On the bird front, the other three sparrow eggs have not hatched and after a couple weeks, probably aren't going to. The lone baby is continuing to develop and has gotten some real feathers while the bluebird mother is still sitting on her eggs. It seems like there is more activity at the feeder with both kinds and numbers of birds. However, I'm never quite sure if the numbers are increasing or I'm just watching at the right time.
Unfortunately, I have seen one house finch with conjunctivitis. This is a well known problem in the finch population and affects approximately 5-10% of them. What this means to me is that I need to clean my bird feeder with bleach to cut down on chance of spread. This is something that is recommended to be done every two weeks, but it doesn't happen that often here.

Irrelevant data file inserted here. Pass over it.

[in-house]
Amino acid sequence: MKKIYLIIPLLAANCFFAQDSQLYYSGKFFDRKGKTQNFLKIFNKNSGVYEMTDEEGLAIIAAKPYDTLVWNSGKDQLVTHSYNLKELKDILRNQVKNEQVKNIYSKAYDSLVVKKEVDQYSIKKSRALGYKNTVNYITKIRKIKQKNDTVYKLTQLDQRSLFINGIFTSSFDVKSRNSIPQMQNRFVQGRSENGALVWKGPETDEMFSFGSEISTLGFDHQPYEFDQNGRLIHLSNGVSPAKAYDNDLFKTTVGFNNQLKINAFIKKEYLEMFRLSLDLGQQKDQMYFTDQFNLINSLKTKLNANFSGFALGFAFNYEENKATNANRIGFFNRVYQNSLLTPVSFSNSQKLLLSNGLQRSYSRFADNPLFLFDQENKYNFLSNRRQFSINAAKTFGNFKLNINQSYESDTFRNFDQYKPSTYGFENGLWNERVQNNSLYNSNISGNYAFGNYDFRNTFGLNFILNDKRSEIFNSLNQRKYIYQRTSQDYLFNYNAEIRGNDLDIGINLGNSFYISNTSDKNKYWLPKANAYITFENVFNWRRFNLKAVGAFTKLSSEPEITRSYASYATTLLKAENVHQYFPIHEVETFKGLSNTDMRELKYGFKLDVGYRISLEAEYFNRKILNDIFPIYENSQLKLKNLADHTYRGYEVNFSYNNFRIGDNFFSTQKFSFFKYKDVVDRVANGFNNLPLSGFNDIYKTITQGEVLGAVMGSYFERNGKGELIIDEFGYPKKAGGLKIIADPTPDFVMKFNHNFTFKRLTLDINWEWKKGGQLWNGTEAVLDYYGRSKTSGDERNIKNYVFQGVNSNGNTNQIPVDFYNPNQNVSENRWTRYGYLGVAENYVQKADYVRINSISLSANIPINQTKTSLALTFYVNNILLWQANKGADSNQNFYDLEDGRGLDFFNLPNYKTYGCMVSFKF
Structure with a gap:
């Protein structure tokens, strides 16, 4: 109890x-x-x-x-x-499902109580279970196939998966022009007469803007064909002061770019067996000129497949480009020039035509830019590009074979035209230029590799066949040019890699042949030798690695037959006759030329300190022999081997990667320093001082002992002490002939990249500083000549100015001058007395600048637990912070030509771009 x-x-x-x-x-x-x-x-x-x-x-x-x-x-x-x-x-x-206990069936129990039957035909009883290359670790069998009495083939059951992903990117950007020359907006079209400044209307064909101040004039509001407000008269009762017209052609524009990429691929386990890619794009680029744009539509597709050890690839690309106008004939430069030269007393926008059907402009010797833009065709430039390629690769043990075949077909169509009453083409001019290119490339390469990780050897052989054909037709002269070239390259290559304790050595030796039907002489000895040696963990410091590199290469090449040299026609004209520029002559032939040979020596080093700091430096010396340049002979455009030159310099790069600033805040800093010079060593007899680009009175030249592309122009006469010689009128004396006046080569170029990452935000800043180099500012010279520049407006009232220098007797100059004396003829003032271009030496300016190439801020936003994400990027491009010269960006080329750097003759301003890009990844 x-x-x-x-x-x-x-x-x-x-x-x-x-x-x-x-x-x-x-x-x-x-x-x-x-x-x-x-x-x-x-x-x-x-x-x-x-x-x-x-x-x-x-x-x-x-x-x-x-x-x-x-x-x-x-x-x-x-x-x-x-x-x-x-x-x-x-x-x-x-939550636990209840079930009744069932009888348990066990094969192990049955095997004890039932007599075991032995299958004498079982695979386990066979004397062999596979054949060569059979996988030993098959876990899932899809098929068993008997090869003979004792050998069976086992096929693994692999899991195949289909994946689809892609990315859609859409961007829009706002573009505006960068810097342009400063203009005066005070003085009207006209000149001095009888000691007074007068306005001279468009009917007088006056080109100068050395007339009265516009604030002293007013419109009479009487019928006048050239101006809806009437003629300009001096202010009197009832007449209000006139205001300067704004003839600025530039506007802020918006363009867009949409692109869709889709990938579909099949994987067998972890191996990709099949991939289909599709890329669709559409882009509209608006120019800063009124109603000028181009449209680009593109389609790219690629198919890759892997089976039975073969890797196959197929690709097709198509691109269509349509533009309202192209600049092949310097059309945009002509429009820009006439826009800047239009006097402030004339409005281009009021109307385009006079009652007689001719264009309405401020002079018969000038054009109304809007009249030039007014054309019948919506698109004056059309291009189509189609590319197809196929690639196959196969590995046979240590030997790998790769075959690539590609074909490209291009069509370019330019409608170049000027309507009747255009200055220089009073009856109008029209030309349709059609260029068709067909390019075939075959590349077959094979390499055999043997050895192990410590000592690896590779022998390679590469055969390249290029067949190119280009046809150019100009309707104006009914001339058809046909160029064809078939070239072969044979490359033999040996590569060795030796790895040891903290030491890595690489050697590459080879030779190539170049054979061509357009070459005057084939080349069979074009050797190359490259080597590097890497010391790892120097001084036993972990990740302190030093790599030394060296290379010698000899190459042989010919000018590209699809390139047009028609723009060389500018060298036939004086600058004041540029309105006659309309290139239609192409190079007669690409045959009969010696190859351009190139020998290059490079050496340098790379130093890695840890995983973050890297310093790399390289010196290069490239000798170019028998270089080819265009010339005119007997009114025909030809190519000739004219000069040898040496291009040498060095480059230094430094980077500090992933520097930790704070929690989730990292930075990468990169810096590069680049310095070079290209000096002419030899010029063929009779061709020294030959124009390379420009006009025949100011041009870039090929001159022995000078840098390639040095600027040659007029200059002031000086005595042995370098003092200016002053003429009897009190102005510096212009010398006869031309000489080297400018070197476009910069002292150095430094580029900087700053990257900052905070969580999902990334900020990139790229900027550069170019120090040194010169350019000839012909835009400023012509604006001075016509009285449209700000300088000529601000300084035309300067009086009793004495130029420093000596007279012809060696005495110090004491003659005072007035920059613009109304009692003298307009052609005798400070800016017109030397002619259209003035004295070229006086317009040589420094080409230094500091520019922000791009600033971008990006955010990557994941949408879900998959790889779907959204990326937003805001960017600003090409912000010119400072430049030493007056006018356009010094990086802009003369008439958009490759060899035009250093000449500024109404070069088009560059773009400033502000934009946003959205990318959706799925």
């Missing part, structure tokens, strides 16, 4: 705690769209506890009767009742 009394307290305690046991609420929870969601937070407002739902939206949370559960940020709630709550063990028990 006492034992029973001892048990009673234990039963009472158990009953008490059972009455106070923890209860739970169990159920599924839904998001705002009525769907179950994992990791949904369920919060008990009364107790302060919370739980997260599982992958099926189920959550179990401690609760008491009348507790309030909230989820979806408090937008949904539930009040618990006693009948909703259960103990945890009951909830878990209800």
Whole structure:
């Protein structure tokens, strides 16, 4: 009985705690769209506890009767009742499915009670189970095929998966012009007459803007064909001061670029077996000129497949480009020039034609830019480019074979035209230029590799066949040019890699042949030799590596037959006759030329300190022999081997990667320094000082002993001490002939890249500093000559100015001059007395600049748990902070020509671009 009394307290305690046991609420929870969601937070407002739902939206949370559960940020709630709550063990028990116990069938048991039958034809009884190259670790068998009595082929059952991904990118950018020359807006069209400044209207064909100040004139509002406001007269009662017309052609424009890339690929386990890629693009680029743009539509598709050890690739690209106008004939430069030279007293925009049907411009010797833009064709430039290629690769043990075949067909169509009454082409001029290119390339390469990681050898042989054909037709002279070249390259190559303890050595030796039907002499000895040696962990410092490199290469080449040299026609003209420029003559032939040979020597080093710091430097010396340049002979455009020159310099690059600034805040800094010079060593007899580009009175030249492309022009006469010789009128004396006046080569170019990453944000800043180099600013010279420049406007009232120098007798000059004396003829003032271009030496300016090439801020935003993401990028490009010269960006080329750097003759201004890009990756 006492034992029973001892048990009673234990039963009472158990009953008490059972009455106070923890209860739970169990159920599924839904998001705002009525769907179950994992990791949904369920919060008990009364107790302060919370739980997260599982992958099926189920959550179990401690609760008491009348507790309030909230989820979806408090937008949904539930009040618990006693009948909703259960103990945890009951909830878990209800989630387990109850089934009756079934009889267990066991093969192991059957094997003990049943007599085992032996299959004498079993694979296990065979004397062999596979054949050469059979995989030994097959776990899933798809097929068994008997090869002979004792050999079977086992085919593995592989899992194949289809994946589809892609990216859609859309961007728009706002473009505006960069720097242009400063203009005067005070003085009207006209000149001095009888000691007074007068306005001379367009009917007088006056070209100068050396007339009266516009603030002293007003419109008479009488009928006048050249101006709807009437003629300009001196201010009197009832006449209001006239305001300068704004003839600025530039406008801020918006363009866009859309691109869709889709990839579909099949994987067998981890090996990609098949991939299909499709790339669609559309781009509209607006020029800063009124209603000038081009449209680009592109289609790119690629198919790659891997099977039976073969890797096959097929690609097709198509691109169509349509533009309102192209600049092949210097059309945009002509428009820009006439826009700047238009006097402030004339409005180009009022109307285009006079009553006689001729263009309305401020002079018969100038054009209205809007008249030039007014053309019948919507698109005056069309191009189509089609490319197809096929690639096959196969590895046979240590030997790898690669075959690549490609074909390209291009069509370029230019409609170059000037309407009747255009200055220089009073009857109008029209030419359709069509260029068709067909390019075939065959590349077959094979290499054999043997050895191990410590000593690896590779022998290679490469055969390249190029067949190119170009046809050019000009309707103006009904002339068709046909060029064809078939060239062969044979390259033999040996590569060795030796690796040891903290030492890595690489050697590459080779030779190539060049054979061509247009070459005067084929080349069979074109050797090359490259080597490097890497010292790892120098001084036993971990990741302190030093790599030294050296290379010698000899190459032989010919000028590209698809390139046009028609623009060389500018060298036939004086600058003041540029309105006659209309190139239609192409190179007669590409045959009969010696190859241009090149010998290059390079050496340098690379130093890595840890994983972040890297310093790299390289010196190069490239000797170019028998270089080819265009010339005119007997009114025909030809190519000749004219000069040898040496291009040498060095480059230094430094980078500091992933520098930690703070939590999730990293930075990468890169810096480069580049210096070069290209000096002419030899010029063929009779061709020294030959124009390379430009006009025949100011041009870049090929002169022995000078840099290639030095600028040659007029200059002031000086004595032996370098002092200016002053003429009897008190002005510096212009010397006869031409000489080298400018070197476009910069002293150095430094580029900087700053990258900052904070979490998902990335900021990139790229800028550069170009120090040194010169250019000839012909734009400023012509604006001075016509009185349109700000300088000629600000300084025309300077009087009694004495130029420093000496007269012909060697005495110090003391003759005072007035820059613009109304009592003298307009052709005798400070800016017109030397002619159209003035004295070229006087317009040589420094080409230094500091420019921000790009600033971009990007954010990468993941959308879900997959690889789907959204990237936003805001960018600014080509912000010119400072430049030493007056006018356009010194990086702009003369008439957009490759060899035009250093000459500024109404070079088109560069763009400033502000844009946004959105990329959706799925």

Here are some of the things I saw this week during a Second Look.
|The surprise lilies came up this week. They are called surprise lilies because their leaves come up and die months before the flowers emerge.|
|This is the last variety of hosta to bloom this summer.|
|It's hard to make everything out in this messy sparrows nest, but notice the unhatched eggs and the feathers forming on the one baby.|
|These will turn into orange and black milkweed bugs.|
|Skipper Butterfly on Black-Eyed Susan|
|The downy woodpecker is one of the birds I'm seeing in greater numbers at the feeder. The red patch on the back of the head is the tell-tale sign that this one is a male.|
|Part of our shade garden with Japanese painted fern, hydrangea, lambs ear, and nettle. You can't see the large hosta framing the sides (pictured above) or the teaberry growing underneath.|